Wednesday, 23 May 2018

The Revival of Liberal Italy

Last Friday, Emily Maitlis suggested on Newsnight that a coalition between Italy's M5S (5-Star) and La Lega (formerly the Lega Nord) would be the equivalent of Momentum and UKIP tying the knot. Assuming Maitlis imagines Momentum to be far-left (though it isn't), this makes no sense. In terms of ideology and policy, M5S would be closer to the Liberal Democrats. Perhaps she just meant they were both good at social media. Likewise, La Lega has more in common ideologically with Tory "modernisers" than it does with the remnants of UKIP. It's programme for tighter immigration controls, which seems to have prompted the parallel, is little more than Theresa May's commitment to a hostile environment and a vigorous programme of deportations. You could dismiss this as simply more evidence of the British (or more precisely English) media's ignorance of foreign politics (consider its current inability to address Ireland except through the prism of Brexit), or even of a post-70s tendency to project domestic anxieties onto a country seen as a close economic comparator, but I think it also points to a more particular failing among centrists (who are well-represented on Newsnight) to acknowledge that both M5S and La Lega are part of the tradition of Italian liberalism.

Consolidating nationally in the wake of unification, Italian liberalism in the late 19th century was anti-democratic and cynical. It was particularly notable for the practice of Traformismo (transformism), under which liberal politicians like Agostino Depretis and Giovanni Giolitti (popularly characterised as a "chameleon") sought election on progressive manifestos and then adopted conservative polices in office in order to guarantee centrist stability. The result was a politics that valued deals over principle, leading to significant corruption and clientelism. Along with a restricted franchise and the legacy of Piedmontese court politics under Cavour, this worked against the establishment of formal political parties with power instead shifting between relatively fluid factions. While this made liberalism hegemonic in the short-term, it also meant that it was quickly marginalised once universal male suffrage arrived after World War One as voters gravitated left and right to the Socialist Party and the People's Party (the forerunner of the Christian Democrats), both of which had a more institutionalised social base. The liberals, in a last gasp for Traformismo, allied with the newly-emergent Fascists in the elections of 1921 and 1924, only to be abolished for their pains by Mussolini in 1925.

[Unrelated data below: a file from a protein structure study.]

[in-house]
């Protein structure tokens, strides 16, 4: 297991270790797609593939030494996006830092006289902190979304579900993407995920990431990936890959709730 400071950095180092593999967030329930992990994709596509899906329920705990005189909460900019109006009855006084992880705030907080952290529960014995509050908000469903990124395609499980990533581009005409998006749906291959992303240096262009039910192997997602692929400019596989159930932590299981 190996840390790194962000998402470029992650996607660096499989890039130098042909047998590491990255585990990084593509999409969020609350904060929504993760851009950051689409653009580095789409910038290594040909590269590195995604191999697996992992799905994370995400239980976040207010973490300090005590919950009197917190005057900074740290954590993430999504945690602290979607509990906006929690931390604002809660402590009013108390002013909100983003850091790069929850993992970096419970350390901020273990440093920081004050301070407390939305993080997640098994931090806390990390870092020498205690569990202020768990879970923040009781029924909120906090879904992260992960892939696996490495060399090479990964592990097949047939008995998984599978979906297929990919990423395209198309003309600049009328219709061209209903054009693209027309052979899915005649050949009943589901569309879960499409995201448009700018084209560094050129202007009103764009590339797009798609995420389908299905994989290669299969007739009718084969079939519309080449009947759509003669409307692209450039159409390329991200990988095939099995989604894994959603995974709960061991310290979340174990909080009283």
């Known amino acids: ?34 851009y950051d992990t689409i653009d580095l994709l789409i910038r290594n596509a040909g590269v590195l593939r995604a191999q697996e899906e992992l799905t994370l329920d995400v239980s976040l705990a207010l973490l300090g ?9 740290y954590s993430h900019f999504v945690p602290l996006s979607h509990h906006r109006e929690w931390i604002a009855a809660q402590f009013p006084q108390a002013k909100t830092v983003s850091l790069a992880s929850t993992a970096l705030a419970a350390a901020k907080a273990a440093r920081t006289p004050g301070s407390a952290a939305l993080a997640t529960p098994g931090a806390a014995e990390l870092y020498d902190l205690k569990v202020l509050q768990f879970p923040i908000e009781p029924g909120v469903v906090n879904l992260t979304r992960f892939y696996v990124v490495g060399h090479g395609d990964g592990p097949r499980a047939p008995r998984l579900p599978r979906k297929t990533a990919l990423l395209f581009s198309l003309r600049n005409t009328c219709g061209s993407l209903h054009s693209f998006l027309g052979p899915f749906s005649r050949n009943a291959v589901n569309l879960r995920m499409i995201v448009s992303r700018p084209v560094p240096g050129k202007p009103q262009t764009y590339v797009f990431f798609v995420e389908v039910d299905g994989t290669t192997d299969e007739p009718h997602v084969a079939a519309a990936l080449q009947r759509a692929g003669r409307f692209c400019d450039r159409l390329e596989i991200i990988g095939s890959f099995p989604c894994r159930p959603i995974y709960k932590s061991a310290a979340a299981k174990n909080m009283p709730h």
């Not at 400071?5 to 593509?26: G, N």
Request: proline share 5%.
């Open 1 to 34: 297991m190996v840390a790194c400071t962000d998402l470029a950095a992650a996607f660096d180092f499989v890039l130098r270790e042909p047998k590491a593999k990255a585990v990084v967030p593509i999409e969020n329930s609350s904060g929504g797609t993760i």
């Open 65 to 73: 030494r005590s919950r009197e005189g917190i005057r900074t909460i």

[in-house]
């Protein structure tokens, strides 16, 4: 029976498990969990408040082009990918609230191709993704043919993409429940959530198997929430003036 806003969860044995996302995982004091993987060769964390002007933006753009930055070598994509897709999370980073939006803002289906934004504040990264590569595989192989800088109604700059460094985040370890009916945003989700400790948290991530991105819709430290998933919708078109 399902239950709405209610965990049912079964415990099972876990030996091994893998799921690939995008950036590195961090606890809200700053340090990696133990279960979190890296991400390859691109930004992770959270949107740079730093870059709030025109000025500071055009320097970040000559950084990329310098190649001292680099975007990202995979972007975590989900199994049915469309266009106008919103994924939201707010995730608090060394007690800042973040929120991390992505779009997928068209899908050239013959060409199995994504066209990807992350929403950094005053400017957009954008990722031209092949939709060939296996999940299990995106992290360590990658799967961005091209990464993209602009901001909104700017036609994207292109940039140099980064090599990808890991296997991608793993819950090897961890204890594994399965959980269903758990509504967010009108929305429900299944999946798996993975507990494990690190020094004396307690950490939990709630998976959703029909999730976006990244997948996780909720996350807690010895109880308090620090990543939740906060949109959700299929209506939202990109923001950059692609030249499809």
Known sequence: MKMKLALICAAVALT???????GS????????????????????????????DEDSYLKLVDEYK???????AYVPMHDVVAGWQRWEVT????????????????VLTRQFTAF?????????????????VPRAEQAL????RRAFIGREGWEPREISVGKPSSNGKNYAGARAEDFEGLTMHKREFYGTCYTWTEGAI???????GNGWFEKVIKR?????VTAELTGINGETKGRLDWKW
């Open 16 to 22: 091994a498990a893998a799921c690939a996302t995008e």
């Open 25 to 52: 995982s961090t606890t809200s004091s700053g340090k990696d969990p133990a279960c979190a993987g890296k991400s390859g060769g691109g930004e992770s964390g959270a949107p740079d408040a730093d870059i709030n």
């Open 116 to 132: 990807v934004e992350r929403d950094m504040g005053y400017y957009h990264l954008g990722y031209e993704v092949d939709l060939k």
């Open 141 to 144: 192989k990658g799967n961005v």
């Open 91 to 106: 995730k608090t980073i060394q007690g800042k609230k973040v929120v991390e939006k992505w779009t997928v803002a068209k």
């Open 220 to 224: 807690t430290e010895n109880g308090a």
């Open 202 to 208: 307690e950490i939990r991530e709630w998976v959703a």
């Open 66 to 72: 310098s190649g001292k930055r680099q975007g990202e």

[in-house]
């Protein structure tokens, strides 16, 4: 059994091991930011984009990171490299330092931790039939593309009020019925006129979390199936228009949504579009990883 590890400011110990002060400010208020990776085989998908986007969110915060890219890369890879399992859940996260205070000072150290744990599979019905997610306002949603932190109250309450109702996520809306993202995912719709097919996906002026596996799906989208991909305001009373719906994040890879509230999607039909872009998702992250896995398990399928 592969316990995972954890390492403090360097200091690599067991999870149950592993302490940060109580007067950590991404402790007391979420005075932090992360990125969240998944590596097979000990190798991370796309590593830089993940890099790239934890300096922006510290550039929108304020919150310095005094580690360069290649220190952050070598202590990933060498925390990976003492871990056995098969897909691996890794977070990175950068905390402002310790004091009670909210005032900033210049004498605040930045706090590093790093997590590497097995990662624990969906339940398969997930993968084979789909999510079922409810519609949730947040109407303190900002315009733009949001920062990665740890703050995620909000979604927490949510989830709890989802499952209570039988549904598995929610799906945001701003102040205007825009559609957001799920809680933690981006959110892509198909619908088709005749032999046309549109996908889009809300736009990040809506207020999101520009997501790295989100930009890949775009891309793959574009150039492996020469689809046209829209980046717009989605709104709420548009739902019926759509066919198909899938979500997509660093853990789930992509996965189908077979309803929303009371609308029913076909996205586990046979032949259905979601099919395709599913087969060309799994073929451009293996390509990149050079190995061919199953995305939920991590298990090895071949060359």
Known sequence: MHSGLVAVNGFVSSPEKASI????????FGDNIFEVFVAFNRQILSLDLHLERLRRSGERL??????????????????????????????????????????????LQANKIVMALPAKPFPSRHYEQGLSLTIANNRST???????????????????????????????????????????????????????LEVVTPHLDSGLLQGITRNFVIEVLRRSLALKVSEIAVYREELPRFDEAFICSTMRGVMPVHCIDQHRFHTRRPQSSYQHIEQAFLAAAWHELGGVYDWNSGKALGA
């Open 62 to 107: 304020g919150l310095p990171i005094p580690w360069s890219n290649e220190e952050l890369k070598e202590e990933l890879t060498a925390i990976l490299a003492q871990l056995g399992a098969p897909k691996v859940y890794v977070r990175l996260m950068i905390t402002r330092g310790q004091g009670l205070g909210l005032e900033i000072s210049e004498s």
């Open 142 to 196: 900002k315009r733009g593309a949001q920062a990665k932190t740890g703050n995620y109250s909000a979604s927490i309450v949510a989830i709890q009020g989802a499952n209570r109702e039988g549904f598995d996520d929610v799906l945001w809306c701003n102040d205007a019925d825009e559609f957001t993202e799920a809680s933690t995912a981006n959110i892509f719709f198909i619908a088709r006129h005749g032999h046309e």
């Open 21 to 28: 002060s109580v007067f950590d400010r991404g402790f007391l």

The historiography of the liberal tradition, and in particular its role in the rise of Fascism, was long dominated by the competing views of Antonio Gramsci and Benedetto Croce. The former saw Risorgimento as an incomplete bourgeois revolution - a failure in that class's historic task - leading to the preservation of feudal forms, a lack of popular legitimacy for the state, and a consequent reliance on coercion and corruption. The latter saw the Italian state in much more positive terms, essentially in contrast to the backward smaller states of the era before unification. Subsequent revisionist histories have tended to either dismiss Gramsci's view as part of a more general turn against the very idea of bourgeois revolution (e.g. the revaluation of 1789 in France), or have supported Croce's view but placed Italy's development within the context of a general advance in the state's capabilities across Western Europe in the 1870-1914 period. In effect, both approaches have normalised Italian political history, dismissing the idea that Italy was either deviant or peculiar (the ideological role of this revisionism, during the high period of ever-closer European union, should be obvious).